Gummy Bear Candy Has A Troubling Past

Though it may not even occur to you while you're eating it, certain snack foods and beverages have dark backstories that may make them seem a little less sweet. Insider tells us that Fanta was founded in Nazi-era Germany, as trade restrictions forced Coca-Cola manufacturers in the nation to concoct a fruit soda that bore a faint resemblance to Coke. And Graham crackers were invented by a religious zealot who wanted to curb deviant desires using bland bread (via Independent).

More recently, Barnum's Animals, the critter-shaped cookies that might have been a prominent feature of your childhood, had to reckon with their shady history, and change their longstanding design in accordance with modern standards of animal captivity, per Smithsonian Magazine. Just a few years ago, they updated their packing, freeing the trademark zoo animals after more than a century of captivity. Another animal-inspired snack food, gummy bear candy, also has a problematic past.

The history of dancing bears

Mental Floss tells us that gummy bears were first created by Hans Riegel, a German candy maker. Two years after opening his own candy company in 1920, he decided to craft a gelatin-based bear, and his company, Haribo, has been a staple of the gummy candy industry ever since. However, the original name of this iconic treat has its roots in the sordid history of animal abuse.

When Riegel first created the Haribo gummy bear, the candy was called the Dancing Bear, per Smithsonian Magazine. Though the animal shape was meant to inspire joy in children, it is a reference to the very real practice of training wild bears to dance for our entertainment. According to Bear Conservation, dancing bears have been around for hundreds of years. It involves removing a bear from its habitat while it's still a cub and training the bear to dance using a number of painful, abusive practices. Today, the practice has been banned in many nations around the world. Dancing bears still exist in some places and Bear Conservation explains that it is particularly prevalent in modern-day Siberia.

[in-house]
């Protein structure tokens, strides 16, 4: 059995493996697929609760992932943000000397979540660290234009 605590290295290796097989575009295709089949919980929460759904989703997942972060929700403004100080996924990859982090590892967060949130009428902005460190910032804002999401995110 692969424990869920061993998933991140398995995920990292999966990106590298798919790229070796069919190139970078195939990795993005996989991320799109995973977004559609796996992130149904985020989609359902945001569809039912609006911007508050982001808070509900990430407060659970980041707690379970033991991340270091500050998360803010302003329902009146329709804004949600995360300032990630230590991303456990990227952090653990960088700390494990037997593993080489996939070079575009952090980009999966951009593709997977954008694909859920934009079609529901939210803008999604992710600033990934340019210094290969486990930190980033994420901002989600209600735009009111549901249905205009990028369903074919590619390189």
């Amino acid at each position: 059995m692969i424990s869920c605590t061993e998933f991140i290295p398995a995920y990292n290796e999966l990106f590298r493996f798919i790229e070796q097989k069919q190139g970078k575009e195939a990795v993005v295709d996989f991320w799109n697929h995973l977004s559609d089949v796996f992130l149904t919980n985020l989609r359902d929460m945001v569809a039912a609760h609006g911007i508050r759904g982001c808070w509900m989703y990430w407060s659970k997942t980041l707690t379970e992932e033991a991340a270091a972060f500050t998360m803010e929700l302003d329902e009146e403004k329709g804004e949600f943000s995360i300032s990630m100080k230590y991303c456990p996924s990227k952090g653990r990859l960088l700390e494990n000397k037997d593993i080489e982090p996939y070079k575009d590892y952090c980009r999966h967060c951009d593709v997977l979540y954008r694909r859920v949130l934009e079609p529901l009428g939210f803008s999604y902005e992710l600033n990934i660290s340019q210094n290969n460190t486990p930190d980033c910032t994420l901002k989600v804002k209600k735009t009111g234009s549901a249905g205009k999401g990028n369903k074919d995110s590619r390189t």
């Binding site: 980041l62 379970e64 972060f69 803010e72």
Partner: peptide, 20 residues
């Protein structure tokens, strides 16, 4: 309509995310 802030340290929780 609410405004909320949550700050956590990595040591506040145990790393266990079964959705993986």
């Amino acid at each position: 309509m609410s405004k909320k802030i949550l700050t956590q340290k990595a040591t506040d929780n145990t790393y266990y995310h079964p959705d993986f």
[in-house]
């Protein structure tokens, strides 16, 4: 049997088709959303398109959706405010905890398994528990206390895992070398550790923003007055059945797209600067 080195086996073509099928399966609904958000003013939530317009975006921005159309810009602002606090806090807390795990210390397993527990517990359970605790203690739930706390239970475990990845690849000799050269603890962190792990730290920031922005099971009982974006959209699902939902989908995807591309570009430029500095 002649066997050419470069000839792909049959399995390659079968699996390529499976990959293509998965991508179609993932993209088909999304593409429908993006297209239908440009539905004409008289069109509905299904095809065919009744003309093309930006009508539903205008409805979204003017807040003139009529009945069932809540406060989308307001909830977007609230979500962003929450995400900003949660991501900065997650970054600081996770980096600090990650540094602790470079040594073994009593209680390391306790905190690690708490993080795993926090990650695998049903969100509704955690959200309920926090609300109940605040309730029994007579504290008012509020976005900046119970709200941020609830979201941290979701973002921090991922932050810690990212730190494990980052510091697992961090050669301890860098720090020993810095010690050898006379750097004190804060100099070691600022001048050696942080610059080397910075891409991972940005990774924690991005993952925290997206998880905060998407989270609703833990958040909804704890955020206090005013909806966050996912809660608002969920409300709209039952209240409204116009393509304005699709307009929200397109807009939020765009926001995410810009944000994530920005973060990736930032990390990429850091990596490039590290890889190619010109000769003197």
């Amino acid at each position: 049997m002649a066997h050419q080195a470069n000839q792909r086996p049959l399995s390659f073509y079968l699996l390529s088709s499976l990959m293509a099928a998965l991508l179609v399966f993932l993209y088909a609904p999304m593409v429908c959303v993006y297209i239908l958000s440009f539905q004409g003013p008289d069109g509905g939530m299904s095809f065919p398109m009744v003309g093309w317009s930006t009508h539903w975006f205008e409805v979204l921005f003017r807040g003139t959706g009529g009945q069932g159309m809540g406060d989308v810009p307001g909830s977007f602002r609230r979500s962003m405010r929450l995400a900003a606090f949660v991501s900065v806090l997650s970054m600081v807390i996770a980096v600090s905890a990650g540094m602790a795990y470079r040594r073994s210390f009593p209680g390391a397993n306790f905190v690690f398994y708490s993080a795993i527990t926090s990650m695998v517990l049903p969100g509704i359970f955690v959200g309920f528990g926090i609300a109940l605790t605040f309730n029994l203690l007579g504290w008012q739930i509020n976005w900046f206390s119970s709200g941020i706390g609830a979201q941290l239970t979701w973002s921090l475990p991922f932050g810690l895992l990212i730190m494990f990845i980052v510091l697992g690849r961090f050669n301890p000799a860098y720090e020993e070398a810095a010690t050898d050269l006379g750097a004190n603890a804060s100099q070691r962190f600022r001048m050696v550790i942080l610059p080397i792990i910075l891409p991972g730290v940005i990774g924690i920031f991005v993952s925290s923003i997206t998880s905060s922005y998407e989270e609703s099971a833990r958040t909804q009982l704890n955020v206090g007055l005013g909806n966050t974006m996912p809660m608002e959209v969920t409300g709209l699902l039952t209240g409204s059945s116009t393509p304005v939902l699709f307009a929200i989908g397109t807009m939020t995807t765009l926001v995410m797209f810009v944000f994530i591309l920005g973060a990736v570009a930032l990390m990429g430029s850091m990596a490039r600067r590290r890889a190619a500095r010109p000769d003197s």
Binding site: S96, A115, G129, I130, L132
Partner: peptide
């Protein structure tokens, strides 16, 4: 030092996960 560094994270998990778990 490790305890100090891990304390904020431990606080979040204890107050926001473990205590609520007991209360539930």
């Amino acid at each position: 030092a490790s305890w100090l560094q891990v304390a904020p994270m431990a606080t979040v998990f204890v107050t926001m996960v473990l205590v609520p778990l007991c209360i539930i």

Haribo and the GoldBear

According to Smithsonian Magazine, Haribo changed the name of the gummy bear candy to Goldbears in 1960, which could have possibly been a response to evolving cultural mores regarding the treatment of animals. Despite the candy's troubling past, its future looks bright. Haribo Goldbears have been around for over 100 years and, every day in over 100 countries, the company produces a whopping 160 million bears. Founder Hans Riegel ran the company until his death in 2013, per Forbes. He was 90 years old.

Despite having changed its signature candy's problematic name, Haribo hasn't been free of controversy in recent years. Smithsonian Magazine explains that Haribo, in the early 2000s, refused to participate in a program that was designed to provide reparations to those who were forced to provide free labor for the company in World War II-era Germany. However, Haribo's senior communications V.P. Christian Bahlman insists that an internal investigation revealed that the company did not employ forced labor. Additionally, a 2017 documentary revealed that the gelatin used in Haribo gummies was harvested by exploited workers who were subjected to horrific conditions.